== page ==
So a corner has been turned, albeit a small corner on a very long journey. 

But the improving trend will continue as Rakuten Mobile further builds out its 4G coverage – it had 47,556 operational base stations at the end of June covering 97.6% of the Japanese population with its 4G signal and aims to have more than 60,000 up and running by the end of next year to cover more than 99% of the country’s residents. This ongoing rollout is, of course, expensive, but 2021 was the zenith of the capital expenditure (capex) outlay: The operator’s capital expenditures, which have been enormous, are set to drop from this year (as the chart below shows), with the reduction between this year’s ¥300bn (US$2.26bn) and the planned 2023 total that comes in closer to ¥200bn (US$1.5bn) set to make a big difference to the operator’s financials. 

Source: Rakuten Group Q2 2022 earnings presentation

Source: Rakuten Group Q2 2022 earnings presentation

In addition, Rakuten says that from hereon, more customers pay for the operator’s services. 

All of these metrics are important: Wider coverage improves the customer’s mobile service experience and further reduces roaming costs; more paying customers mean greater revenues and Rakuten expects those revenues to improve by leaps and bounds as it phases out the free service package it initially offered to attract early customers to its 4G network. 

That free offer is in the process of being withdrawn and will be gone completely by the end of October. 

As a result, Rakuten Mobile expects its average revenue per user (ARPU) number to improve by about 50% during the current quarter alone, which is a significant leap.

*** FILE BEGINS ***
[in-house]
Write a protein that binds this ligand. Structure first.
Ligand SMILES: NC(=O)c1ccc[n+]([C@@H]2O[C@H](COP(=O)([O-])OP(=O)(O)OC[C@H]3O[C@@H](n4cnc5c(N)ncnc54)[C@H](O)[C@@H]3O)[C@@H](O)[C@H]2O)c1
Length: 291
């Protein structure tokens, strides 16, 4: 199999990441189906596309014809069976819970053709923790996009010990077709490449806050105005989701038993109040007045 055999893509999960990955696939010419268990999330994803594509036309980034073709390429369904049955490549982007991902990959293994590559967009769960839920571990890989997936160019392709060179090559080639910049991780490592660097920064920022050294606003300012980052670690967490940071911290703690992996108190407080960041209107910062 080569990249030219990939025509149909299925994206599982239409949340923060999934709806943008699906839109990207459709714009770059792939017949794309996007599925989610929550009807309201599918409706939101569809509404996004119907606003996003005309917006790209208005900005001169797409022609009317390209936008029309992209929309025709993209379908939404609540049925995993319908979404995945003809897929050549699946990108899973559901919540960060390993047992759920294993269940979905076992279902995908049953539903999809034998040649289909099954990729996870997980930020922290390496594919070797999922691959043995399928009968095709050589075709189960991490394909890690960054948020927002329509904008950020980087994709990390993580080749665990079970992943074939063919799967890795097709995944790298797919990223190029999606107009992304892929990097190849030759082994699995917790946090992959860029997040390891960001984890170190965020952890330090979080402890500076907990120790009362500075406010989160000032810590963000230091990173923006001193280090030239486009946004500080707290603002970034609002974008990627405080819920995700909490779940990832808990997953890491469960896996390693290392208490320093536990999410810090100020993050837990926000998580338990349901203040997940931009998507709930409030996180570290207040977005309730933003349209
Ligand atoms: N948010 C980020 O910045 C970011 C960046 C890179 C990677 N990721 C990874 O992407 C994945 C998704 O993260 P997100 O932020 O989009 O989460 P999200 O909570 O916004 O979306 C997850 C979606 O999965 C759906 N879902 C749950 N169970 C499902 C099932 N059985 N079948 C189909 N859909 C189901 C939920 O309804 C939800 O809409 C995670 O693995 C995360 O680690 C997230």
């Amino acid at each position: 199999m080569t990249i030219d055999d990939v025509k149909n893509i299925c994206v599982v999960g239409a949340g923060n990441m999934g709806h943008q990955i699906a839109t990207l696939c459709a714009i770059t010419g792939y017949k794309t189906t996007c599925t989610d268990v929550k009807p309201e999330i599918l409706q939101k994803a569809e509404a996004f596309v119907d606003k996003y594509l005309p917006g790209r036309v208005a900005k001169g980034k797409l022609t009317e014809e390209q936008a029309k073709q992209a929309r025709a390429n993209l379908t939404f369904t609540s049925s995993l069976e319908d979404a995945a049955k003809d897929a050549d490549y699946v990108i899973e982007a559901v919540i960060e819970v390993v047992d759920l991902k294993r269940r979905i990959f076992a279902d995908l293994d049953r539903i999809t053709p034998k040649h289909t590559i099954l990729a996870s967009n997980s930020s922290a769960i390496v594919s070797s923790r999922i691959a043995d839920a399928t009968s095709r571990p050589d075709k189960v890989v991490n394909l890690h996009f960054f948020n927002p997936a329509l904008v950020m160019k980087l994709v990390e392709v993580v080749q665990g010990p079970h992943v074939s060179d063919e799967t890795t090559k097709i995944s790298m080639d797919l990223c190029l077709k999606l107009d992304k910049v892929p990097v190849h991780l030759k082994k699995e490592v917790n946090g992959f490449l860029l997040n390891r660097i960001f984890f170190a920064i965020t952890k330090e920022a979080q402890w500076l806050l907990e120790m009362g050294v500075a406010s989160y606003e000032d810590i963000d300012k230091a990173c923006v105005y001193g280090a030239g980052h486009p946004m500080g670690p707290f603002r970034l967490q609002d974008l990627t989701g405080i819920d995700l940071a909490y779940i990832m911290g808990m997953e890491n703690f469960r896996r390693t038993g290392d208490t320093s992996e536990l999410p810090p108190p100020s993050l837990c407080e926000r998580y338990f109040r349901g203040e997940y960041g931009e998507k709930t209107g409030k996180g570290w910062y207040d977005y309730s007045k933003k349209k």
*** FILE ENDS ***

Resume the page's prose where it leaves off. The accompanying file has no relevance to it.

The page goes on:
The only snag is that the withdrawal of the free service package means that Rakuten Mobile has lost some customers – those that didn’t want to pay and have gone elsewhere for their mobile service. At the end of June, Rakuten Mobile had just 5.46 million customers, of which 690.000 were mobile virtual network operator (MVNO) customers (meaning they are not connected to Rakuten’s own network). That total number is down from the first quarter’s 5.8 million customers, so Rakuten needs to reverse that trend, and quickly. By contrast, established rival NTT Docomo has almost 85 million mobile customers.

With the free offer no longer available to entice new sign-ups, Rakuten Mobile now needs to show it can attract new paying customers each quarter, with Mikitani citing 12 million customers as a target (though a timetable for that target was not mentioned) before mentioning 15 million or 20 million during his earnings presentation. To help reach such targets, it is planning a major marketing push and will be adding additional bolt-on services: remember that the bigger picture for Rakuten is to build a market presence in multiple digital services sectors and have customers from each sector using other Rakuten Group services – the company isn’t just building a mobile business for the sake of being a mobile operator – see this previous article for further details